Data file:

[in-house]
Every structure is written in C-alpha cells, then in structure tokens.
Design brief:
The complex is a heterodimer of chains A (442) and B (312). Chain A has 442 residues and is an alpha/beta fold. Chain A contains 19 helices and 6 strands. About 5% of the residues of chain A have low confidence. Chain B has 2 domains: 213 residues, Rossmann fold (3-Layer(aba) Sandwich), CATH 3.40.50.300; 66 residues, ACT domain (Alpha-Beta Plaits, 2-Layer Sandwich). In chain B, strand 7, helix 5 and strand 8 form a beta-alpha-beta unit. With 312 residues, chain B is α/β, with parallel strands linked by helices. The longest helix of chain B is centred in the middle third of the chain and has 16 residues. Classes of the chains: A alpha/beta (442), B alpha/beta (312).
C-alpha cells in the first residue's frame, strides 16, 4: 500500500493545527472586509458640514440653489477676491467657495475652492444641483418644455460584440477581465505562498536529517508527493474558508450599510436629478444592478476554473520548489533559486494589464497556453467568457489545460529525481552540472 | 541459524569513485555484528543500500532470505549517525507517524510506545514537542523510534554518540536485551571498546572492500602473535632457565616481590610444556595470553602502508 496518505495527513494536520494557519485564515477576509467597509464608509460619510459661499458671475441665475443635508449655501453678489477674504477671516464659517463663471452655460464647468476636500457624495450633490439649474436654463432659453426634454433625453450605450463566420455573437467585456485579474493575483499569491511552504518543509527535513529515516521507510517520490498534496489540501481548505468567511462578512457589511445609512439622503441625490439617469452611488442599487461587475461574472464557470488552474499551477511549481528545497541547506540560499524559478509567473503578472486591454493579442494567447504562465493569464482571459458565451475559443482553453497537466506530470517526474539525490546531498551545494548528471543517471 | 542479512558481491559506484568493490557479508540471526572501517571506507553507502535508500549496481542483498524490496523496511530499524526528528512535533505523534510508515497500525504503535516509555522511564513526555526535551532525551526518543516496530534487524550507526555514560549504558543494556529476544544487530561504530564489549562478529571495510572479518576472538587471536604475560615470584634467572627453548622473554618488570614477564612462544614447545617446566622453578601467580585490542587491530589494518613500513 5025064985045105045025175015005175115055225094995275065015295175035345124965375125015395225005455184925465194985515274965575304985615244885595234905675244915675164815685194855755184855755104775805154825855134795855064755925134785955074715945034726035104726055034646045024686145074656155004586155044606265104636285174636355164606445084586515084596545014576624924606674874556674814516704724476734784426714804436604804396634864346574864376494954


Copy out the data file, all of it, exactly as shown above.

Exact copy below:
[in-house]
Every structure is written in C-alpha cells, then in structure tokens.
Design brief:
The complex is a heterodimer of chains A (442) and B (312). Chain A has 442 residues and is an alpha/beta fold. Chain A contains 19 helices and 6 strands. About 5% of the residues of chain A have low confidence. Chain B has 2 domains: 213 residues, Rossmann fold (3-Layer(aba) Sandwich), CATH 3.40.50.300; 66 residues, ACT domain (Alpha-Beta Plaits, 2-Layer Sandwich). In chain B, strand 7, helix 5 and strand 8 form a beta-alpha-beta unit. With 312 residues, chain B is α/β, with parallel strands linked by helices. The longest helix of chain B is centred in the middle third of the chain and has 16 residues. Classes of the chains: A alpha/beta (442), B alpha/beta (312).
C-alpha cells in the first residue's frame, strides 16, 4: 500500500493545527472586509458640514440653489477676491467657495475652492444641483418644455460584440477581465505562498536529517508527493474558508450599510436629478444592478476554473520548489533559486494589464497556453467568457489545460529525481552540472 | 541459524569513485555484528543500500532470505549517525507517524510506545514537542523510534554518540536485551571498546572492500602473535632457565616481590610444556595470553602502508 496518505495527513494536520494557519485564515477576509467597509464608509460619510459661499458671475441665475443635508449655501453678489477674504477671516464659517463663471452655460464647468476636500457624495450633490439649474436654463432659453426634454433625453450605450463566420455573437467585456485579474493575483499569491511552504518543509527535513529515516521507510517520490498534496489540501481548505468567511462578512457589511445609512439622503441625490439617469452611488442599487461587475461574472464557470488552474499551477511549481528545497541547506540560499524559478509567473503578472486591454493579442494567447504562465493569464482571459458565451475559443482553453497537466506530470517526474539525490546531498551545494548528471543517471 | 542479512558481491559506484568493490557479508540471526572501517571506507553507502535508500549496481542483498524490496523496511530499524526528528512535533505523534510508515497500525504503535516509555522511564513526555526535551532525551526518543516496530534487524550507526555514560549504558543494556529476544544487530561504530564489549562478529571495510572479518576472538587471536604475560615470584634467572627453548622473554618488570614477564612462544614447545617446566622453578601467580585490542587491530589494518613500513 5025064985045105045025175015005175115055225094995275065015295175035345124965375125015395225005455184925465194985515274965575304985615244885595234905675244915675164815685194855755184855755104775805154825855134795855064755925134785955074715945034726035104726055034646045024686145074656155004586155044606265104636285174636355164606445084586515084596545014576624924606674874556674814516704724476734784426714804436604804396634864346574864376494954